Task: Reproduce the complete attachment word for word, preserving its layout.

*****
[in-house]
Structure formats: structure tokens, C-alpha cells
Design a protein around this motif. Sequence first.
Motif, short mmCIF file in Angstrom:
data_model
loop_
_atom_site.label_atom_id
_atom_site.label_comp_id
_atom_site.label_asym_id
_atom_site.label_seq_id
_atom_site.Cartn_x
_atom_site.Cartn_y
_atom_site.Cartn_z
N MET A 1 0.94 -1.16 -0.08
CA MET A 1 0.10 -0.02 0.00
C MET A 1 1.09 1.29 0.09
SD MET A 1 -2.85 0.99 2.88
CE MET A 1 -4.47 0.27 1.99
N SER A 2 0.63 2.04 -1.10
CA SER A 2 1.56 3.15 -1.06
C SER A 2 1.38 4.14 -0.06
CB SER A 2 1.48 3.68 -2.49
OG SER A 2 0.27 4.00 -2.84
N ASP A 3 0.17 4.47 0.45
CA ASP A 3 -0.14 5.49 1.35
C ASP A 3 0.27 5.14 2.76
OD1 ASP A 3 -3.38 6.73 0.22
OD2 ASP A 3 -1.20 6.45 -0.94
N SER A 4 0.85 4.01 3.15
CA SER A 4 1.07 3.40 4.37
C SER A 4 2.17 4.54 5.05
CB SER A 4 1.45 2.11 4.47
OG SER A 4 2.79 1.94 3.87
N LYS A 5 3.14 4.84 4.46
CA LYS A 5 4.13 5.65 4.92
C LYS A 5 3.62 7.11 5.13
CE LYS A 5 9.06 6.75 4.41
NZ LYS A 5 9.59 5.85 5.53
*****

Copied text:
[in-house]
Structure formats: structure tokens, C-alpha cells
Design a protein around this motif. Sequence first.
Motif, short mmCIF file in Angstrom:
data_model
loop_
_atom_site.label_atom_id
_atom_site.label_comp_id
_atom_site.label_asym_id
_atom_site.label_seq_id
_atom_site.Cartn_x
_atom_site.Cartn_y
_atom_site.Cartn_z
N MET A 1 0.94 -1.16 -0.08
CA MET A 1 0.10 -0.02 0.00
C MET A 1 1.09 1.29 0.09
SD MET A 1 -2.85 0.99 2.88
CE MET A 1 -4.47 0.27 1.99
N SER A 2 0.63 2.04 -1.10
CA SER A 2 1.56 3.15 -1.06
C SER A 2 1.38 4.14 -0.06
CB SER A 2 1.48 3.68 -2.49
OG SER A 2 0.27 4.00 -2.84
N ASP A 3 0.17 4.47 0.45
CA ASP A 3 -0.14 5.49 1.35
C ASP A 3 0.27 5.14 2.76
OD1 ASP A 3 -3.38 6.73 0.22
OD2 ASP A 3 -1.20 6.45 -0.94
N SER A 4 0.85 4.01 3.15
CA SER A 4 1.07 3.40 4.37
C SER A 4 2.17 4.54 5.05
CB SER A 4 1.45 2.11 4.47
OG SER A 4 2.79 1.94 3.87
N LYS A 5 3.14 4.84 4.46
CA LYS A 5 4.13 5.65 4.92
C LYS A 5 3.62 7.11 5.13
CE LYS A 5 9.06 6.75 4.41
NZ LYS A 5 9.59 5.85 5.53